Report: Premium hikes for top Medicare drug plans

WASHINGTON — Seniors enrolled in seven of the 10 most popular Medicare prescription drug plans will be hit with double-digit premium hikes next year if they don't shop for a better deal, says a private firm that analyzes the highly competitive market.

FILE - In this Feb. 20, 2008, file photo, a shopper walks toward the pharmacy at a Little Rock, Ark., Wal-Mart store. A study says seniors in seven of the 10 most popular Medicare prescription drug plans will be hit with double-digit premium hikes next year if they don�t shop for a better deal. The report by Avalere Health is a reality check against the Obama�s administration�s upbeat pronouncements. Back in August 2012, officials had announced that the average premium for basic prescription drug coverage would stay the same in 2013, at $30 a month.

Why care under the Affordable Care Act will be unaffordable

Posted Sept. 25, 2012, at 1:56 p.m.
Several recent articles should dispel any remaining notion that care provided under the so-called Affordable Care Act will in fact be affordable.
Just the opposite is true.
The Wall Street Journal reported that when physicians sell their practice to hospitals and become hospital employees, services they provide to patients become significantly more expensive. The reason for this, simply put, is that overhead is much higher, and third parties reimburse at a higher rate for exactly the same service.
Another way to say this is that hospitals are less efficient than a private office. And, as I have pointed out, physicians are considerably less productive when working for a salary, as opposed to fee-for-service. This was an entirely predictable outcome.
Yet, health planners behind the Affordable Care Act pinned their hopes for cost containment on exactly this consolidation occurring. The act promotes Accountable Care Organizations; groups of “providers” and administrators who will assume financial risk for caring for patients assigned to them, by accepting a lump-sum payment to cover all their medical needs.
Accountable Care Organizations are the latest version of managed care, and will have similar problems. They will have a strong financial incentive to cherry pick healthy patients; those with serious problems will end up in emergency rooms and hospitals, where care is much more costly.
This brings us to the most recent article from the New York Times, which shows that when hospital emergency rooms and physician practices adopt electronic health records, reimbursements for physician services go way up.
Wait a second. Isn’t the EHR the magic wand that is somehow going to result in huge efficiencies and cost savings? Well, not exactly. It seems doctors and hospitals are able to use the EHR to “enhance” documentation of patient encounters and services provided, which entitles them to “up-code” and receive higher reimbursement from third party payers.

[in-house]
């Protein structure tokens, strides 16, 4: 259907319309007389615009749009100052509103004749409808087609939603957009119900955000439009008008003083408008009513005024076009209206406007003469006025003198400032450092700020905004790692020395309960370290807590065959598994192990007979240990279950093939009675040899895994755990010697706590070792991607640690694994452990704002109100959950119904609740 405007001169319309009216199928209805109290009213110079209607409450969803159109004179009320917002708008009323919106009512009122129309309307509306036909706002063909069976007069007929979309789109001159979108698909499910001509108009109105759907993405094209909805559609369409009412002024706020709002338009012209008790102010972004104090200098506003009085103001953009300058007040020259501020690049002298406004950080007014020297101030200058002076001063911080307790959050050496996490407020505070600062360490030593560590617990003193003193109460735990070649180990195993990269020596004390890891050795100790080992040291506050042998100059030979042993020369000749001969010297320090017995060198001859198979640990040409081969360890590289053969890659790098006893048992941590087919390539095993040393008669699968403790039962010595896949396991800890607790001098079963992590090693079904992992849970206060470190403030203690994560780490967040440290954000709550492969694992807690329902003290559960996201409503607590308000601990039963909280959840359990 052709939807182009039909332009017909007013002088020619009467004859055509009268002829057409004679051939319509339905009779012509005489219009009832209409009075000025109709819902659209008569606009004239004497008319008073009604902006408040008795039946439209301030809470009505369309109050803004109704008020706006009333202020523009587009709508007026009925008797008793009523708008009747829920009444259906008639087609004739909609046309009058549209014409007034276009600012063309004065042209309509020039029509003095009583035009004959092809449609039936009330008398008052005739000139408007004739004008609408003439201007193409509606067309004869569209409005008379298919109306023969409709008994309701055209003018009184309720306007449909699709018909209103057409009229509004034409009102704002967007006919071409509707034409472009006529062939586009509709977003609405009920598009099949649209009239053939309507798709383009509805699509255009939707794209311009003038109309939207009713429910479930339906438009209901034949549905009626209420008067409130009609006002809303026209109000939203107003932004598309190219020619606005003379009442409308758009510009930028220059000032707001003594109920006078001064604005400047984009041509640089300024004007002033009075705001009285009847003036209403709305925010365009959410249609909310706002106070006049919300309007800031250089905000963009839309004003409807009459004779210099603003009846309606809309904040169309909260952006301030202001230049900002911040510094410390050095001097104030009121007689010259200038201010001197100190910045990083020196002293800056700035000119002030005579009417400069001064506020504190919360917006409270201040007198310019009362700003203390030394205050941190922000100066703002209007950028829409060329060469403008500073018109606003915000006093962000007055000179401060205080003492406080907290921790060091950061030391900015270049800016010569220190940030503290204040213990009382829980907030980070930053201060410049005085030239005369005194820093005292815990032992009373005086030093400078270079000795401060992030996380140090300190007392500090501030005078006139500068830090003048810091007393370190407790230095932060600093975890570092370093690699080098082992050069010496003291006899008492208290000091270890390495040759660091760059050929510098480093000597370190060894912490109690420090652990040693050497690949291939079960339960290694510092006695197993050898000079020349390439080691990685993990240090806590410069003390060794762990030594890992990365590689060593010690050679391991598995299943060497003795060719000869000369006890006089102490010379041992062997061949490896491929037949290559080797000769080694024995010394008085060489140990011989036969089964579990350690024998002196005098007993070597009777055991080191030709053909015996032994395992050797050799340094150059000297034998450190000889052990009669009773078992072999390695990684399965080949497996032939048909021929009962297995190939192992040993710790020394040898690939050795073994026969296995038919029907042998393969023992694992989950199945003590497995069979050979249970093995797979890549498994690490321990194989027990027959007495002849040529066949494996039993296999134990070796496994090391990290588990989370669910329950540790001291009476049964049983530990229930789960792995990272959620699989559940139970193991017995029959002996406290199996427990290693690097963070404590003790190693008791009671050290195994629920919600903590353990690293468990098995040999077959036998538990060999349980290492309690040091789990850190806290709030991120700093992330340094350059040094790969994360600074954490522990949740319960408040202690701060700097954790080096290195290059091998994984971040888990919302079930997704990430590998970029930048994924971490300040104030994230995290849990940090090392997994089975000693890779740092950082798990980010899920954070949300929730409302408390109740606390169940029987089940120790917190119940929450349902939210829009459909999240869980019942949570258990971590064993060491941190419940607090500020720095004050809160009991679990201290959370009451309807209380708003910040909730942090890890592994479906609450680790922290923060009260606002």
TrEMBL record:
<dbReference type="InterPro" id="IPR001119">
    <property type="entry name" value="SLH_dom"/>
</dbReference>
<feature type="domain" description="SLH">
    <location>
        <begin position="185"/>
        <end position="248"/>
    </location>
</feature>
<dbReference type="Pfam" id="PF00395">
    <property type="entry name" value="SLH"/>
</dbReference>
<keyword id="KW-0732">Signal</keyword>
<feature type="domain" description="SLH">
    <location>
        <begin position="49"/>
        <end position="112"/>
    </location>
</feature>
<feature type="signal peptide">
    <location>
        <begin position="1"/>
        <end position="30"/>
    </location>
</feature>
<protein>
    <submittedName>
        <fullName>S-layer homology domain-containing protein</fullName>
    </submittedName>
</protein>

Feds: Health reform law helps Mainers save $13 million

Posted Sept. 24, 2012, at 1:33 p.m.
Federal officials say Maine seniors and people with disabilities have saved $13.1 million on prescription drugs since President Obama’s health reform law was enacted in 2010.
The health care law has allowed Mainers in the Medicare prescription drug coverage gap known as the “doughnut hole” to save an average of $522 during the first eight months of this year, according to the U.S. Department of Health and Human Services.
The health reform law, fiercely opposed by Republicans, calls for the doughnut hole to be closed by 2020. The law began phasing out the coverage gap in 2010, giving Medicare beneficiaries who hit the doughnut hole a $250 rebate. Last year, beneficiaries received discounts on generic drugs and some brand name medications.
The Affordable Care Act improves Medicare coverage for prescription drugs and provides seniors with preventive care at no cost. U.S. HHS touted a new report this week that found the law will save the average person with traditional Medicare coverage $5,000 from 2010 to 2022. People on Medicare who have high prescription medication costs will save more, around $18,000, over that period.
“I am pleased that the health care law is helping so many seniors save money on their prescription drug costs,” U.S. HHS Secretary Kathleen Sebelius stated in a recent press release. “A $5,000 savings will go a long way for many beneficiaries on fixed incomes and tight budgets.”
Nationally, more than 5.5 million people have saved nearly $4.5 billion on prescription drugs since the law was enacted, according to U.S. HHS.
The reform law also made a number of preventive health services, such as yearly wellness checks and colorectal cancer screenings, free to seniors without co-pays or deductibles. U.S. HHS said in February that the law provided more than 400,000 Maine residents with preventive care last year.
The Affordable Care Act has been vehemently opposed by Republicans, becoming a centerpiece issue in this year’s presidential campaign. Republican presidential nominee Mitt Romney has vowed to repeal the law while keeping of its more popular provisions, saying the law harms businesses and represents a government takeover of health care.